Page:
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Texas Urban Organic Gardener Grows Just About Everything On 1/5 Acre

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Here’s the inspiring story of an urban organic gardener making the most of her backyard…

This amazing urban organic gardener is living proof of just how much you can do on a very small piece of land! Lori grows dozens of fruits and vegetables organically in her 0.17 acre yard in North Central Texas.

Lori first began growing her own food after learning about the harmful chemicals that are prevalent on most commercially grown produce. She wanted to eat foods she knew were safe and healthy for her body and her family, so she took the plunge and started a backyard garden. A few years later, Lori now grows fruit trees, medicinal herbs, and loads of both perennial and annual veggies, and hopes to add chickens to her yard soon.

Check out the interview below with UrbanFarm.org to learn more about this inspiring urban organic gardener:

What are you growing?

An easier question would be, “What am I NOT growing?”  I grow veggies, fruits, and herbs of every shape, size, and color. On my 0.17 acres, I have:

  • 12 fruit trees (fig, peach, pear, apricot, plum, cherry, and persimmon),
  • medicinal herb trees (linden, hawthorne, elderberry, toothache tree),
  • fruit bushes (blackberry and blueberry),
  • medicinal herb bushes (rose, rosemary, lavender, sage, chives),
  • perennial veggies (asparagus, artichokes, walking onions, horseradish),
  • annual fruits and veggies (tomatoes, cucumbers, okra, corn, green beans, black-eyed peas, sweet peas, kale, chard, melons, squash, lettuce, Malabar spinach, peppers, broccoli, cauliflower, cabbage, onions, garlic, carrots, beets, turnips, radishes, mustard greens, turnip greens, collard greens),
  • other medicinal herbs (mints, oregano, thyme, mullein, passionvine, chamomile, violet, evening primrose, comfrey, anise hyssop, tulsi, hibiscus, catnip, moringa, lemon balm, dill, fennel, lemon verbena, echinacea, hyssop, yarrow, nettles, burdock, marshmallow, calendula, Spilanthes, poke, Mexican mint marigold, plantain, cactus, milkweed), and
  • native butterfly and hummingbird plants (mostly edible, of course).

Do you use any organic, permaculture, hydroponic, biodynamic, or other methods?

I use 100% organic methods, and I tend to go beyond organic by not using even organic means of pest control but rather relying on natural processes and ecosystem dynamics to sustain my garden.  I employ permaculture principals of planting polyculture, multi-functioning raised beds with plants adapted to my region in fertile soil in the right seasons.  I invite predatory bugs (that would also be killed with organic pest control) to do my bug killing, much to the shock of visitors who find out the paper wasp nests are actually allies!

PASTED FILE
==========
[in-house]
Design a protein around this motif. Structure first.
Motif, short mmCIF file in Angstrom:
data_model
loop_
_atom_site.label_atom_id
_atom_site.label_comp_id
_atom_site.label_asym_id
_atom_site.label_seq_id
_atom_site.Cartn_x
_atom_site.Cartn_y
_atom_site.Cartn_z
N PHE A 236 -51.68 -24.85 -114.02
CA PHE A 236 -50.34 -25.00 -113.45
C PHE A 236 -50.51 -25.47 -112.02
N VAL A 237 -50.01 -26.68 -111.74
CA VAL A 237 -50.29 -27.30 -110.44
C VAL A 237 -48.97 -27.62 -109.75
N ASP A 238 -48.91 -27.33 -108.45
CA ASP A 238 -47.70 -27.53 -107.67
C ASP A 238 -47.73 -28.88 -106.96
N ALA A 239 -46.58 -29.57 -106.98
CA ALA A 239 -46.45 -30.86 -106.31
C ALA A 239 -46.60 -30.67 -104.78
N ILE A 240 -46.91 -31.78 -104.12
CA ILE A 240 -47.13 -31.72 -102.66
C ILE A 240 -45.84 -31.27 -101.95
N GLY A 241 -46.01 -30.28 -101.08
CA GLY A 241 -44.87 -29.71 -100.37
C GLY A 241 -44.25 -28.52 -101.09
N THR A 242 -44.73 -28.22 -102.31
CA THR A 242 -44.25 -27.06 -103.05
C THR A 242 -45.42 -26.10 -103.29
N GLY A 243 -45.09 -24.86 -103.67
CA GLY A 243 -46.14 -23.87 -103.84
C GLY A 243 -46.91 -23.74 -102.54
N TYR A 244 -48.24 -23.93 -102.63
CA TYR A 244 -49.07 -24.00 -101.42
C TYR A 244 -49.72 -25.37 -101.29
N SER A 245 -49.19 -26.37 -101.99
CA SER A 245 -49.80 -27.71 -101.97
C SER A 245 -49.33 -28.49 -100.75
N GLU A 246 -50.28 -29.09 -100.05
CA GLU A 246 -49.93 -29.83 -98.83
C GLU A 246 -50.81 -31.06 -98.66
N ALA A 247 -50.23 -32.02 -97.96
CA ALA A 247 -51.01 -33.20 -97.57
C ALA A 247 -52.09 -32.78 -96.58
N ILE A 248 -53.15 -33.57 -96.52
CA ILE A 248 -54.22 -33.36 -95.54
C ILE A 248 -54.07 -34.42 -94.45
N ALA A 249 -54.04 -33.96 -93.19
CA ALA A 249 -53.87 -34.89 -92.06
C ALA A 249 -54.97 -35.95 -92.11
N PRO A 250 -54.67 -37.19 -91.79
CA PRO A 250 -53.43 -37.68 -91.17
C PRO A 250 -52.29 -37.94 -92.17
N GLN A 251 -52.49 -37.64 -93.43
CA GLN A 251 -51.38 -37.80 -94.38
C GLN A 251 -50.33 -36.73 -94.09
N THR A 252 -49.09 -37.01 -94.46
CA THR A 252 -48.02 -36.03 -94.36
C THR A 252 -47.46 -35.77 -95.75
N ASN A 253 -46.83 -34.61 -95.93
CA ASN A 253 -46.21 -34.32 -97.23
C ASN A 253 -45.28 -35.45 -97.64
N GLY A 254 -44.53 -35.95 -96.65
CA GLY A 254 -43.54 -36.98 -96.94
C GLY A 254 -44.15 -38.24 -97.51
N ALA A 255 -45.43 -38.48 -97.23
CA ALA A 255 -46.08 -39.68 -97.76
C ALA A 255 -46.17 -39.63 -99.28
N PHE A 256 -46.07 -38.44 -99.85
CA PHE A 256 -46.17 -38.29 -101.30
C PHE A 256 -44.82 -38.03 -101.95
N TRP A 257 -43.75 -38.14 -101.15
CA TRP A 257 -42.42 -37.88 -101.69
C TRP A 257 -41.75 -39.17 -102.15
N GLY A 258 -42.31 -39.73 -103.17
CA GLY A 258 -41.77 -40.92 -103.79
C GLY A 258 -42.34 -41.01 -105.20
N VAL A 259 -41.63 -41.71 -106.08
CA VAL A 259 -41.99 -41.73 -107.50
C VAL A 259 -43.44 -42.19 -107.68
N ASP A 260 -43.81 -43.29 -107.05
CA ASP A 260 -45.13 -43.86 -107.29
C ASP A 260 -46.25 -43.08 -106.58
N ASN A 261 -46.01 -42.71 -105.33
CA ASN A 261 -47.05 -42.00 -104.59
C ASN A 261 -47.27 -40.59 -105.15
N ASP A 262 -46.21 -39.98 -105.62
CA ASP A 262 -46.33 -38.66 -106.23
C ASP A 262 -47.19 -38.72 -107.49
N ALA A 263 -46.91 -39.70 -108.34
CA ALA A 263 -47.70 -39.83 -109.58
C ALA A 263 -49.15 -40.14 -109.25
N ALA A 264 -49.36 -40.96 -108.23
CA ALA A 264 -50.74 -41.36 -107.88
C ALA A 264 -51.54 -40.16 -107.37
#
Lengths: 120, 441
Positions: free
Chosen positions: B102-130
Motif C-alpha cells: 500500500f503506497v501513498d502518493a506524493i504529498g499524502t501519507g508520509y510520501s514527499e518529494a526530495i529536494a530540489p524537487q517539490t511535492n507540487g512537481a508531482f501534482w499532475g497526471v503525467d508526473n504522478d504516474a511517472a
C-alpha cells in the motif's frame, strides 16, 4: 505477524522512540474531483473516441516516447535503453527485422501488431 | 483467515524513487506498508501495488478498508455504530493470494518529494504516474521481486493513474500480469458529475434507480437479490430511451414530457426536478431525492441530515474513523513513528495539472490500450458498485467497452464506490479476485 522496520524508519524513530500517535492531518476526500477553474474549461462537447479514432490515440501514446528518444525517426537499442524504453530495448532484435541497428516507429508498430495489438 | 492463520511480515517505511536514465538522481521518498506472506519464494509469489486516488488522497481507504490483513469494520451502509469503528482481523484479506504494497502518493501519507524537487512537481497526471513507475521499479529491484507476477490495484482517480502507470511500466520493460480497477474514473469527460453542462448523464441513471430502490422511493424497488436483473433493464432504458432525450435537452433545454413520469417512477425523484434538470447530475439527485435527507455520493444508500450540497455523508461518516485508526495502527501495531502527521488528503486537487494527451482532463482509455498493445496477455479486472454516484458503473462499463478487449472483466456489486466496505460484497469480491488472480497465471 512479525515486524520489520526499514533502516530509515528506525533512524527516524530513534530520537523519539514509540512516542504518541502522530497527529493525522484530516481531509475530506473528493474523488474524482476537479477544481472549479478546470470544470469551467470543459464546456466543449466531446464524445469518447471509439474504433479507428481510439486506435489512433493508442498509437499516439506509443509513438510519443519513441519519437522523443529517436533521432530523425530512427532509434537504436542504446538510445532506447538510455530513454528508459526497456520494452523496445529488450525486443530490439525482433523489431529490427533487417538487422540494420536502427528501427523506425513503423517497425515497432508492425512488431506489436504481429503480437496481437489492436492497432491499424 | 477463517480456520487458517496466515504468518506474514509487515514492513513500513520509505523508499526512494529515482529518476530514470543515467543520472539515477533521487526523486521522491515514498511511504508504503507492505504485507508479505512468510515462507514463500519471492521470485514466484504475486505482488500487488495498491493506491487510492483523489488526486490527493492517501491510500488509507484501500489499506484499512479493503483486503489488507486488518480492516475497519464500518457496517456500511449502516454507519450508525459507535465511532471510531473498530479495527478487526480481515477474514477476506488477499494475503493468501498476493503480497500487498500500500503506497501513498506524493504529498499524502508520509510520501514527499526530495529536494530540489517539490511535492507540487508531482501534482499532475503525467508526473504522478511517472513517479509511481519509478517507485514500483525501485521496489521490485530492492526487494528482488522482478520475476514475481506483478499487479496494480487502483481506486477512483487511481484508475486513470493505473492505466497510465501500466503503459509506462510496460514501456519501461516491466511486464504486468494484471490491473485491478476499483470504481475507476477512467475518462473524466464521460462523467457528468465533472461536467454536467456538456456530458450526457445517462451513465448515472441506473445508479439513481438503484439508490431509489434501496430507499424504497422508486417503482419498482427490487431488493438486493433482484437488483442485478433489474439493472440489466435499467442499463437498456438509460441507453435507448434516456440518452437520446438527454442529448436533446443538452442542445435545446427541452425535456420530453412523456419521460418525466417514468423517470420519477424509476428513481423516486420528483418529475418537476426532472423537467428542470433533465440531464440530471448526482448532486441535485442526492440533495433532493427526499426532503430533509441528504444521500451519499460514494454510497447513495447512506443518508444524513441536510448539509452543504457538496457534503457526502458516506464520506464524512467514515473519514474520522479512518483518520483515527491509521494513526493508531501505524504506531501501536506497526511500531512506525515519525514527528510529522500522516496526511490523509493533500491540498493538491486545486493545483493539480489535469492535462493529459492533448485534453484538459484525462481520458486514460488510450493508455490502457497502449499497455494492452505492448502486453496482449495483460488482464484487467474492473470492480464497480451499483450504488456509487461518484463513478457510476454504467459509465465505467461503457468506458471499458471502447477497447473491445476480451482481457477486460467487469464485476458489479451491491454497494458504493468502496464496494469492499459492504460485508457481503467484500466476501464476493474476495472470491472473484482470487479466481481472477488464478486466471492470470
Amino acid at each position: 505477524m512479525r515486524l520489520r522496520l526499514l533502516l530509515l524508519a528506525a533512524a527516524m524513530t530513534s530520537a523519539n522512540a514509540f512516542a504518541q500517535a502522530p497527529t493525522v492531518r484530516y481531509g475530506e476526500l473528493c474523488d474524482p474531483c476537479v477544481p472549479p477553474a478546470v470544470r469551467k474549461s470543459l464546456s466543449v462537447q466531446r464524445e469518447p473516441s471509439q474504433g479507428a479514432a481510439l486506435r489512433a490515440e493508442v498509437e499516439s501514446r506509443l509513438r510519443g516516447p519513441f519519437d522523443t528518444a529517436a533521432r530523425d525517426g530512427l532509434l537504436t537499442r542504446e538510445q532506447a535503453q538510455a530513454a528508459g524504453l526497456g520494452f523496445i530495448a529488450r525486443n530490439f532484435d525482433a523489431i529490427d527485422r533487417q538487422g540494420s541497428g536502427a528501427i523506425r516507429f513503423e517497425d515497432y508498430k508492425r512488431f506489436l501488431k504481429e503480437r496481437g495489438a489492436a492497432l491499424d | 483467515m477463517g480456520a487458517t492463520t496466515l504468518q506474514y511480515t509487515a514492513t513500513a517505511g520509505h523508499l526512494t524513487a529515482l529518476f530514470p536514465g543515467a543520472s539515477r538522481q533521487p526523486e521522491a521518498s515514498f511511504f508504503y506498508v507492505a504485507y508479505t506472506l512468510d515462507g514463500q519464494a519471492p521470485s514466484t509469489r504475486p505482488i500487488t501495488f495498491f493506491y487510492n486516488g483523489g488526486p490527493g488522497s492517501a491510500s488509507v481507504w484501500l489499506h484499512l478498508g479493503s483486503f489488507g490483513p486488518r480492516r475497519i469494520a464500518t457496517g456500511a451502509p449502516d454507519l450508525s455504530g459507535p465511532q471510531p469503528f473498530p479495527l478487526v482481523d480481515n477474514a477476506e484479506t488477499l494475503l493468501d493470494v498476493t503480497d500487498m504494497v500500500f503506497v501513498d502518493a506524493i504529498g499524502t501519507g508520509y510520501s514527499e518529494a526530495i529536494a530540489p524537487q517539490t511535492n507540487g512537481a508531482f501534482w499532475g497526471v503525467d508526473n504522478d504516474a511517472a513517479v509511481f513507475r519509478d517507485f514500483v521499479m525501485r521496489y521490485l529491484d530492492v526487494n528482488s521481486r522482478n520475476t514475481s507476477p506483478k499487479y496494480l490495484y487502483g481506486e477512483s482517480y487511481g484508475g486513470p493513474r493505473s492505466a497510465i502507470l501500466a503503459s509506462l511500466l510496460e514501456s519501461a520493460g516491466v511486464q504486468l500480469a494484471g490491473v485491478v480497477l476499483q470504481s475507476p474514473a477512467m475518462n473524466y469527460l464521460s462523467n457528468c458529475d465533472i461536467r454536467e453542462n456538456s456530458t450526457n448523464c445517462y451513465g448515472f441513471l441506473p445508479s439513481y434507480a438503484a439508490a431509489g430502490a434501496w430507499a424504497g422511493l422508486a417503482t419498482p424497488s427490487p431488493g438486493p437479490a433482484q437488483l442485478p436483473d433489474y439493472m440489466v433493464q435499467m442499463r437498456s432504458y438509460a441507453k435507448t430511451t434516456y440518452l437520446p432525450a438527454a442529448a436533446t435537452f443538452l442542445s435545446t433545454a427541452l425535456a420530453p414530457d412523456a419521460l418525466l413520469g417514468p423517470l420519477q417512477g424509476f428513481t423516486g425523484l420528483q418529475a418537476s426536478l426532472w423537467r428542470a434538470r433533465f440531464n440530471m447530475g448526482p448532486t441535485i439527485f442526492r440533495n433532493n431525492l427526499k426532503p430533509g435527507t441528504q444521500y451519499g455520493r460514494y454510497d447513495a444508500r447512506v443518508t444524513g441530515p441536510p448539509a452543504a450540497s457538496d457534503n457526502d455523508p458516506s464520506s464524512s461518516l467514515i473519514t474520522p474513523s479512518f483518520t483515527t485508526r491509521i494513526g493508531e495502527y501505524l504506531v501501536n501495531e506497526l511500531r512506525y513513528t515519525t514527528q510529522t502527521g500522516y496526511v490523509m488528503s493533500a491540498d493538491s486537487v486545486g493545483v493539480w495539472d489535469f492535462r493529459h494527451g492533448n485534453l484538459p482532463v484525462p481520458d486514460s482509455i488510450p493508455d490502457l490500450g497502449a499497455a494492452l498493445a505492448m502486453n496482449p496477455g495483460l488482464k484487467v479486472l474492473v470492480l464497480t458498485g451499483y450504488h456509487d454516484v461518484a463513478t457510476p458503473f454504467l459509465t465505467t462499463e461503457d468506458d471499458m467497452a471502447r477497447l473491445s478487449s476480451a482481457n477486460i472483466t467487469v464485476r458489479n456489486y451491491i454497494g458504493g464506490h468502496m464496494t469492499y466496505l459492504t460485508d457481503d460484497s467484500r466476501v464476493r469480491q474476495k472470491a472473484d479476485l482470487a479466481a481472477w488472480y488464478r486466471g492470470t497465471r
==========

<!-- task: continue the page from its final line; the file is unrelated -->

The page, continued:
Do you use compost? Where do you get it and how does it help your plants?

While my current yard (cough cough, husband) doesn’t allow for outdoor composting, I have multiple worm bins indoors where I cultivate worm castings.  This allows me to do something with at least a bit of my food scraps, and provides enough worm castings for seasonal application and worm compost tea as often as I can dedicate myself to making.

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What do you enjoy the most about farming/growing food?

I think most people love the harvest most, but I love watching the seeds pop up out of the ground.  There is something truly miraculous in watching this seemingly inanimate object spring to life with just a few environmental requirements being met.  And then of course when that tiny seed turns into so much food that you eventually give up harvesting it….how incredible nature is!  And just the thought that when I eat this fruit that used to be this seed, those nutrients now literally turn into my body.  Wow!  Ok, so maybe it isn’t just watching the seeds pop up that I enjoy most!  It’s the brilliant perfection of the circle of life that I get to witness again and again, season after season, as I cultivate the future of my body in my yard.

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Do you have any advice for someone that’s just getting started?

You don’t have to plant ALL the things right at first.  Start with your favorite veggie and grow it from seed to harvest, to seed again.  If you don’t have a yard, grab a pot!  And don’t reinvent the wheel…the great thing about gardening is that the knowledge is there; we just have to seek it!

Read the full interview at UrbanFarm.org

 

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